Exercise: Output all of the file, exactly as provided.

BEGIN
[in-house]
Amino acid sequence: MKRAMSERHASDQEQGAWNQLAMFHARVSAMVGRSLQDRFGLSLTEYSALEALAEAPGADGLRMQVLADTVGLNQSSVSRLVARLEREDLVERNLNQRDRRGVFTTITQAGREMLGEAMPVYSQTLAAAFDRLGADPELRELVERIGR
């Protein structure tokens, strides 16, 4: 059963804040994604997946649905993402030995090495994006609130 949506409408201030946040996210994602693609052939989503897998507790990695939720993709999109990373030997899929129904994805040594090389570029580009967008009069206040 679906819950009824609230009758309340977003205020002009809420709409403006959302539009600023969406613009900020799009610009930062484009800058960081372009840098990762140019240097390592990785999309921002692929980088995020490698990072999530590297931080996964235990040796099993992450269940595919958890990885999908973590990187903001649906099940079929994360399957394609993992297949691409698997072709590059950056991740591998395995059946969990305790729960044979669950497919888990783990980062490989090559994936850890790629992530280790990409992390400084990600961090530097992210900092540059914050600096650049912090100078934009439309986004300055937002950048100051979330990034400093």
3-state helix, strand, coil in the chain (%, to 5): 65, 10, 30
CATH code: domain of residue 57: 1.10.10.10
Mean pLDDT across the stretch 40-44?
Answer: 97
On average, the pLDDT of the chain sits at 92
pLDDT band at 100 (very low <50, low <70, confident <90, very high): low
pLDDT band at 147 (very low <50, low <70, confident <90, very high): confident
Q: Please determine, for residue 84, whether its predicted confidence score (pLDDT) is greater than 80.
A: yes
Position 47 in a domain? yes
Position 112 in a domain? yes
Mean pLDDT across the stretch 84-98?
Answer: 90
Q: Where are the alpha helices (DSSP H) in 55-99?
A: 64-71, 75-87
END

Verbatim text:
[in-house]
Amino acid sequence: MKRAMSERHASDQEQGAWNQLAMFHARVSAMVGRSLQDRFGLSLTEYSALEALAEAPGADGLRMQVLADTVGLNQSSVSRLVARLEREDLVERNLNQRDRRGVFTTITQAGREMLGEAMPVYSQTLAAAFDRLGADPELRELVERIGR
């Protein structure tokens, strides 16, 4: 059963804040994604997946649905993402030995090495994006609130 949506409408201030946040996210994602693609052939989503897998507790990695939720993709999109990373030997899929129904994805040594090389570029580009967008009069206040 679906819950009824609230009758309340977003205020002009809420709409403006959302539009600023969406613009900020799009610009930062484009800058960081372009840098990762140019240097390592990785999309921002692929980088995020490698990072999530590297931080996964235990040796099993992450269940595919958890990885999908973590990187903001649906099940079929994360399957394609993992297949691409698997072709590059950056991740591998395995059946969990305790729960044979669950497919888990783990980062490989090559994936850890790629992530280790990409992390400084990600961090530097992210900092540059914050600096650049912090100078934009439309986004300055937002950048100051979330990034400093």
3-state helix, strand, coil in the chain (%, to 5): 65, 10, 30
CATH code: domain of residue 57: 1.10.10.10
Mean pLDDT across the stretch 40-44?
Answer: 97
On average, the pLDDT of the chain sits at 92
pLDDT band at 100 (very low <50, low <70, confident <90, very high): low
pLDDT band at 147 (very low <50, low <70, confident <90, very high): confident
Q: Please determine, for residue 84, whether its predicted confidence score (pLDDT) is greater than 80.
A: yes
Position 47 in a domain? yes
Position 112 in a domain? yes
Mean pLDDT across the stretch 84-98?
Answer: 90
Q: Where are the alpha helices (DSSP H) in 55-99?
A: 64-71, 75-87